I am writing in response to the recent exchanges of letters on SuperHumanism (DW 23 August and DW 6 September).
Although there have been many misgivings expressed about the event, in its defence it has at least triggered a necessary debate. By putting both Naomi Klein and Dan Wieden on the same platform, the SuperHumanism event placed the design business at the heart of the critically important global debate on branding and globalism. But the post-event PR seems to imply that we haven’t got much that is useful to contribute.
I’m concerned that while the post-SuperHumanism debate is bogged down in broad questions about who will defend the human condition in the new economy, or petty issues like entry fees, our design competitors overseas are discussing the branding and globalism issues from a more useful perspective.
Earlier this year, the Harvard-affiliated Design Management Institute held its annual identity conference in Montreal. The theme was corporate core values and brand integrity. The conference was attended by consultants and in-house design managers from around the world, but I was one of only three people at both this event and the SuperHumanism conference. I noted a clear, slightly worrying contrast.
The DMI theme selection was driven by the observation that as brands seeks to form strong partnerships, consumers expect more in return, hence a demand for more ‘ethical’ branding, (as opposed to ‘no’ branding). Ethical expectations relate to all aspects of corporate behaviour, but one key challenge faced by clients is how to do a better job synchronising their delivery behaviour with their advertised promises.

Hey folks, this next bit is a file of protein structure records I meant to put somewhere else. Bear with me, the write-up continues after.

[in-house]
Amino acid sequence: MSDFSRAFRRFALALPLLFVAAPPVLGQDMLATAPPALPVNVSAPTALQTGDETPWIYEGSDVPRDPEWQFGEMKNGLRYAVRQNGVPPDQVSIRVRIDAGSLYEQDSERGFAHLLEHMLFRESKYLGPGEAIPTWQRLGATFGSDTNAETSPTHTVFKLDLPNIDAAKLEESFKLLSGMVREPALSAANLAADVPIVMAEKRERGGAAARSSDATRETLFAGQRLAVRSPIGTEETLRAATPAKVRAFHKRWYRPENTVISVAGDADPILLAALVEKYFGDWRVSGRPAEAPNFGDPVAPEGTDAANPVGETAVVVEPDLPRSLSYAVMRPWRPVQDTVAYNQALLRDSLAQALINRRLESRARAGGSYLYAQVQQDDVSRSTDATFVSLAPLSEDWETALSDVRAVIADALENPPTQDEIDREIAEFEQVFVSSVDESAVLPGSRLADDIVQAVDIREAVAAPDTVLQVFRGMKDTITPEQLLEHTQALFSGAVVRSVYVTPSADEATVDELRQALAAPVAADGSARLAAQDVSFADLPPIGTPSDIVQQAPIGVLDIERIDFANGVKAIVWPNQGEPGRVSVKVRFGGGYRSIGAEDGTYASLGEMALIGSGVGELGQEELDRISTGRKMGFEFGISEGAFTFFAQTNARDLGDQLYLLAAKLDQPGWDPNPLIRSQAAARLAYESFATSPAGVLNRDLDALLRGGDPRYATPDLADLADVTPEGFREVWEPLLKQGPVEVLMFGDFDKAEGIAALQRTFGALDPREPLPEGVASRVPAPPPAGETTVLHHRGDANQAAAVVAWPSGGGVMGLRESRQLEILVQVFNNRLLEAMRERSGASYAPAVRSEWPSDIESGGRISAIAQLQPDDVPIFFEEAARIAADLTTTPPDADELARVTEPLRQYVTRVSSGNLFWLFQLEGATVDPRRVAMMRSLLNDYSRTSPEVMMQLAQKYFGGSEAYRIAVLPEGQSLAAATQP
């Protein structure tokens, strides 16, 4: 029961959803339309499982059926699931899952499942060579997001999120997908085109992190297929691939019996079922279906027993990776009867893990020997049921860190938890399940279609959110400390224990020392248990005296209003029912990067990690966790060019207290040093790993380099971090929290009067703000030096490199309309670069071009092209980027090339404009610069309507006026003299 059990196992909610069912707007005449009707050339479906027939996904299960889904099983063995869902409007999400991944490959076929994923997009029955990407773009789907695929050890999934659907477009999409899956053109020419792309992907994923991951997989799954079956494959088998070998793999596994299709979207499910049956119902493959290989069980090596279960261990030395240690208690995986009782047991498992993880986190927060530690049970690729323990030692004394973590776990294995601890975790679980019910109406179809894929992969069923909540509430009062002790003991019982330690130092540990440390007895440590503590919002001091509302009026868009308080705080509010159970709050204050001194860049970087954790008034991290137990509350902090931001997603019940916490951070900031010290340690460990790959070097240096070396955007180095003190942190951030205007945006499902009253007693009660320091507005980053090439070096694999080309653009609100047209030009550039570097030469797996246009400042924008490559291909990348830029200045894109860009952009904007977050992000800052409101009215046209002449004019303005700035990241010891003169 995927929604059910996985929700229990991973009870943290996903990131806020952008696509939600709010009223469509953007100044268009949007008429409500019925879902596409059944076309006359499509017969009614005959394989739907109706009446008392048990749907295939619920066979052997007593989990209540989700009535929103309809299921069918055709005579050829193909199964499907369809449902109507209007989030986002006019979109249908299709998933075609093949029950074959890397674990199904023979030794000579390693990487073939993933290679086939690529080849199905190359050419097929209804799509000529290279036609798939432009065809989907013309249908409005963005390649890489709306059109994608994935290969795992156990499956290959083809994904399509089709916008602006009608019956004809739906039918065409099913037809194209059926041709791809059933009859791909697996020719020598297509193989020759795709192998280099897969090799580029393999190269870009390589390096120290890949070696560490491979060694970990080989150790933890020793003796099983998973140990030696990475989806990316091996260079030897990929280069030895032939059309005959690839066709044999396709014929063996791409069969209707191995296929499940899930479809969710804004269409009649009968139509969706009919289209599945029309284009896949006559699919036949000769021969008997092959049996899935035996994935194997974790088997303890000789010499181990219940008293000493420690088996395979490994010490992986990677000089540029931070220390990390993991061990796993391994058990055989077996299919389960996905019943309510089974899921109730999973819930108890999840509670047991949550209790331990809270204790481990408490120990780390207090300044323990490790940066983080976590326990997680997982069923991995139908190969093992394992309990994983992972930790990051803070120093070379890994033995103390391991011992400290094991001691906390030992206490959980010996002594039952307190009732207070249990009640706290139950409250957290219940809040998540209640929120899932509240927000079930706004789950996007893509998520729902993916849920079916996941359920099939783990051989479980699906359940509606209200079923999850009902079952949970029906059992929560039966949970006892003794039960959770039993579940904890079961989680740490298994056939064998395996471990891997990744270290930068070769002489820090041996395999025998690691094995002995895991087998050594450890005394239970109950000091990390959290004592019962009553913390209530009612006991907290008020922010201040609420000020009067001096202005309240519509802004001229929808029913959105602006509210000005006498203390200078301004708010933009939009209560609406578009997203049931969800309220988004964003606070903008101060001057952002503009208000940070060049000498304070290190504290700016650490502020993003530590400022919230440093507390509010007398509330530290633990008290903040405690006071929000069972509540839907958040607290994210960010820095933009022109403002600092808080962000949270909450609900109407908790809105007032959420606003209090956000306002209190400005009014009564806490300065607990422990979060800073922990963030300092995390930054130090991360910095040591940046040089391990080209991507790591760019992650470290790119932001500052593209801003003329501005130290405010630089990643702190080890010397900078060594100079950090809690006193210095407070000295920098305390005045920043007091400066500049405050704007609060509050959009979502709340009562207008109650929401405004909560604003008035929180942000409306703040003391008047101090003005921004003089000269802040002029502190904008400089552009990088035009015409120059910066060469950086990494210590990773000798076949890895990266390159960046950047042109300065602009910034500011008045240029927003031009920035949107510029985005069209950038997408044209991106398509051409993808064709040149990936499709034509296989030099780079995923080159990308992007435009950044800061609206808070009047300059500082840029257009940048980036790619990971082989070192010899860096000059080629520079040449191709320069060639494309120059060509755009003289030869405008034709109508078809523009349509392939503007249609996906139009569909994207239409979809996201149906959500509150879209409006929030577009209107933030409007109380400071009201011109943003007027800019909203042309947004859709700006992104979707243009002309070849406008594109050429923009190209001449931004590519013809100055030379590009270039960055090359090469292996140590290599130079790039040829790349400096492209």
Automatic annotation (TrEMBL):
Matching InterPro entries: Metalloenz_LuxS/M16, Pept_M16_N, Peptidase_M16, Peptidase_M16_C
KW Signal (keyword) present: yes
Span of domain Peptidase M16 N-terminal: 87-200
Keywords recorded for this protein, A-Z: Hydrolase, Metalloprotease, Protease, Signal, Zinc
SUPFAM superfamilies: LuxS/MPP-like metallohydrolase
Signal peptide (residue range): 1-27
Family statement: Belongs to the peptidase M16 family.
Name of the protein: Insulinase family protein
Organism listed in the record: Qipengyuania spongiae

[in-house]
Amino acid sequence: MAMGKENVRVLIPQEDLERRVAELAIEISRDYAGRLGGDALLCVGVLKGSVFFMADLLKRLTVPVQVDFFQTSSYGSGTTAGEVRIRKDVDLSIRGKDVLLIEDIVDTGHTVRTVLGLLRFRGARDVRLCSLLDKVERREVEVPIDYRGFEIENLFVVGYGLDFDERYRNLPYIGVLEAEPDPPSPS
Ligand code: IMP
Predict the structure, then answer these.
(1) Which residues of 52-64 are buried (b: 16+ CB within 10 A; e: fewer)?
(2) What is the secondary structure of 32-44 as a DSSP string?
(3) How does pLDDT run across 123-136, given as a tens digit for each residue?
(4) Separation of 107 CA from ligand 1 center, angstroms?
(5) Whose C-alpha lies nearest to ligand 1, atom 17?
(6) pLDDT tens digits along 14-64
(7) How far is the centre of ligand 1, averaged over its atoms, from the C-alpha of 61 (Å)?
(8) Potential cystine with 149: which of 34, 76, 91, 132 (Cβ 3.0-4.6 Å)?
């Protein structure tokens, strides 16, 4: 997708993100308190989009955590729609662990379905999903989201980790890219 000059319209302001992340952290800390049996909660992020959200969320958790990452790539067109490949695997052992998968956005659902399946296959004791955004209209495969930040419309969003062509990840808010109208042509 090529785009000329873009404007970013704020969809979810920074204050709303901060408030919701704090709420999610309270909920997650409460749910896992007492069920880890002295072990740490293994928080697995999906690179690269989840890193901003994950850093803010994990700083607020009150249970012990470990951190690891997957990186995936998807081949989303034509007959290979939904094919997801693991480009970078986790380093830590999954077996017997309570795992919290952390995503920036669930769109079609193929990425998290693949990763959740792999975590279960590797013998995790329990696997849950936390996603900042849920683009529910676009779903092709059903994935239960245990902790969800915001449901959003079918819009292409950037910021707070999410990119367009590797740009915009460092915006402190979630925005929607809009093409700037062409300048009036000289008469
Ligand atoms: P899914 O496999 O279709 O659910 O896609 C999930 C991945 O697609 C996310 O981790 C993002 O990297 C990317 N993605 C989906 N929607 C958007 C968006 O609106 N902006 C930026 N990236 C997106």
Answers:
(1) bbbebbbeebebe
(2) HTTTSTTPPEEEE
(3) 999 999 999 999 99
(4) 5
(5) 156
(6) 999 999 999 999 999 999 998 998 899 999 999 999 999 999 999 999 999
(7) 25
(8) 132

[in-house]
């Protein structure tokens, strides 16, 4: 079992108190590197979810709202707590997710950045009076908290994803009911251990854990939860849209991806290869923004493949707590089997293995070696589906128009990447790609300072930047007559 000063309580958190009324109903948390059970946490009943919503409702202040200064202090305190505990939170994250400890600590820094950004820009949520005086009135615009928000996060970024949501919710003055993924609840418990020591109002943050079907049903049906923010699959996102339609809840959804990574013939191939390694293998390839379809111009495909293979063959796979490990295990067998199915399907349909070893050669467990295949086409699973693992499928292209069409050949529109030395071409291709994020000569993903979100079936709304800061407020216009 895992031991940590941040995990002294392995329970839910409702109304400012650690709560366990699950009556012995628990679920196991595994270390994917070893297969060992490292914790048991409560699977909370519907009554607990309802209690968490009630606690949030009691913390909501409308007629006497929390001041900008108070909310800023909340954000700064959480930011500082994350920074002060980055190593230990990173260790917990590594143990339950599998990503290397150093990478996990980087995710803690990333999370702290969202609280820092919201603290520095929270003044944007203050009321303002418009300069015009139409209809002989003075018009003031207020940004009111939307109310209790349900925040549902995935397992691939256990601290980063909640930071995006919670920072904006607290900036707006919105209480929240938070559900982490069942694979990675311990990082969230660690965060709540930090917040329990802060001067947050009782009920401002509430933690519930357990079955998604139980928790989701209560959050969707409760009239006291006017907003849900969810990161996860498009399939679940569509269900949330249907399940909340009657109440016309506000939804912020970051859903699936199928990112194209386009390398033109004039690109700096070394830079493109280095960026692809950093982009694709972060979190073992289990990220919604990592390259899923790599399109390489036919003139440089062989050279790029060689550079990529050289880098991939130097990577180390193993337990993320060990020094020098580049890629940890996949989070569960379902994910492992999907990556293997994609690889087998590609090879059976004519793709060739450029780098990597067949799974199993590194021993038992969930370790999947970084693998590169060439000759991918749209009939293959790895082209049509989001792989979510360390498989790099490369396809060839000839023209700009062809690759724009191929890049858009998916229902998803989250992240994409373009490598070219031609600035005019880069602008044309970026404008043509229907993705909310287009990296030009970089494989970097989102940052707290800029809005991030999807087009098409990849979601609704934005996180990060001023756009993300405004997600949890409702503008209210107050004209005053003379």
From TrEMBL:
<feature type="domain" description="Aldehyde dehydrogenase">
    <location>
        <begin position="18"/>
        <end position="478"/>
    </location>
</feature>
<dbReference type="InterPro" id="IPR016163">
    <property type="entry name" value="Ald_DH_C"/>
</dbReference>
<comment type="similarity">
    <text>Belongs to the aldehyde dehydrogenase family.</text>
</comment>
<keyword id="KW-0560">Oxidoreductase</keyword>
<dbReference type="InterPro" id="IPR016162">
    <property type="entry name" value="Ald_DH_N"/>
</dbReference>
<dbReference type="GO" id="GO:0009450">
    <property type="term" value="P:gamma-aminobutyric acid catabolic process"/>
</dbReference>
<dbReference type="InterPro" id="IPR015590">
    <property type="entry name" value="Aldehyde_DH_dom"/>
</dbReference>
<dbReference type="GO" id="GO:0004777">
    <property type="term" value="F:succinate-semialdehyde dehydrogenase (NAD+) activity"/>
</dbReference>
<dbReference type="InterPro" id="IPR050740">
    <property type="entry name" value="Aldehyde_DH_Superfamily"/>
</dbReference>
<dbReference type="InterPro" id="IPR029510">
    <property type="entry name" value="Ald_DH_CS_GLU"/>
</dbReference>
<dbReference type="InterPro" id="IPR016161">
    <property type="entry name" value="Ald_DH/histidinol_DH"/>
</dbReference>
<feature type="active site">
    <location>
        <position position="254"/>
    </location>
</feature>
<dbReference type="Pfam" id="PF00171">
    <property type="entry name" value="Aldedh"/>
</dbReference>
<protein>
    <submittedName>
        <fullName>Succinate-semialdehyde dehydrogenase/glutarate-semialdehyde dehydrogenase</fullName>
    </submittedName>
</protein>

The lesson from the case studies at the DMI conference is that, in the US, the design industry is not debating branding itself, it’s getting across clear messages about how and why the various disciplines are key to the current ‘ethical branding’ agenda of business. So in the UK, Post SuperHumanism, I’ve waited, in vain, to hear more about how and why the UK design industry also believes it can be a powerful force for reconciliation between the ‘no-logo’ and ‘pro-logo’ views of the world.
After attending both events, and especially after reading Klein’s book, as a product designer I feel the need to stand up and be counted as clearly in the ‘pro-logo’ camp, provided marketing genuinely cares enough to use design to ensure that advertising promises are followed up with genuine customer experiences, and provided that responsible manufacturing practices are used. Does anyone else feel the same way? If yes, how does the rest of the design business think that we can we help industry to understand and use branding more responsibly, rather than not at all?
Alloy Total Product Design
Surrey GU9 9JE